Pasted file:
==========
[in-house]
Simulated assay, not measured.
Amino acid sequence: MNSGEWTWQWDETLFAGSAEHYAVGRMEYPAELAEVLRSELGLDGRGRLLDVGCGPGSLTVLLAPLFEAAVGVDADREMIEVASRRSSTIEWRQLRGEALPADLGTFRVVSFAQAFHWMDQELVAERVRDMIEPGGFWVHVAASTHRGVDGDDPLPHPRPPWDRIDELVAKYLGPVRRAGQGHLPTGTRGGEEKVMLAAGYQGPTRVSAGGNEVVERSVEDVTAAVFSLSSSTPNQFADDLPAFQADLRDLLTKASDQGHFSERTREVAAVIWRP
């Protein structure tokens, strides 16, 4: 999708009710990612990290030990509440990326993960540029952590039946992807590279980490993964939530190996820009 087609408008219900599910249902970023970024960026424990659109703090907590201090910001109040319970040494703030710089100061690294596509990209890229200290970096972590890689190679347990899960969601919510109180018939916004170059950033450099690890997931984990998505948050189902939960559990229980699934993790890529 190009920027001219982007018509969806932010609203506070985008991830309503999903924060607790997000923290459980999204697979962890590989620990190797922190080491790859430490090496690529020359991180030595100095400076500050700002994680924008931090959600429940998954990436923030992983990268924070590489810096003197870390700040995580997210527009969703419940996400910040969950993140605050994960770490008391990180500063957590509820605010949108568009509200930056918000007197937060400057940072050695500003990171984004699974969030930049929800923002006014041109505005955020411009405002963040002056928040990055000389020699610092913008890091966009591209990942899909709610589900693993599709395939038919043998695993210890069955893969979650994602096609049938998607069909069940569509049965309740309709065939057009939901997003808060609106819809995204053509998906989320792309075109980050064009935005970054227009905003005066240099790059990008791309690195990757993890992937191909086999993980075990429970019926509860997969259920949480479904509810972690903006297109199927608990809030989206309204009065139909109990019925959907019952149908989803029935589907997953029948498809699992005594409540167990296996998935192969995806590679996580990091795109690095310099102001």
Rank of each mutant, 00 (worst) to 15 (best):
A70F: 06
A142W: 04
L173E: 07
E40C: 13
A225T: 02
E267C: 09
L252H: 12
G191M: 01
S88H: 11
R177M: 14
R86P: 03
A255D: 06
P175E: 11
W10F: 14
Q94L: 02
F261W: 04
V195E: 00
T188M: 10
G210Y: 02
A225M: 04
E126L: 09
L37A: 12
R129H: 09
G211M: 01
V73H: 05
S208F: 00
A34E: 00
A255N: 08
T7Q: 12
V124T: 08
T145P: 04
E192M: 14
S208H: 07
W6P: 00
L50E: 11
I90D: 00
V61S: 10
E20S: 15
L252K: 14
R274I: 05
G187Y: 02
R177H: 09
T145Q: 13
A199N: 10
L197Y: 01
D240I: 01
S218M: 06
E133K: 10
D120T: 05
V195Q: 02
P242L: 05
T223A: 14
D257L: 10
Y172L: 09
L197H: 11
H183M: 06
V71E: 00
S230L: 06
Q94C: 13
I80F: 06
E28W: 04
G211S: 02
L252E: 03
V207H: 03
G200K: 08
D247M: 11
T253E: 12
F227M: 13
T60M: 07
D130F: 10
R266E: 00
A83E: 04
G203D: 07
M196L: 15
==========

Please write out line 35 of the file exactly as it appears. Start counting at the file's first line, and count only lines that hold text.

V124T: 08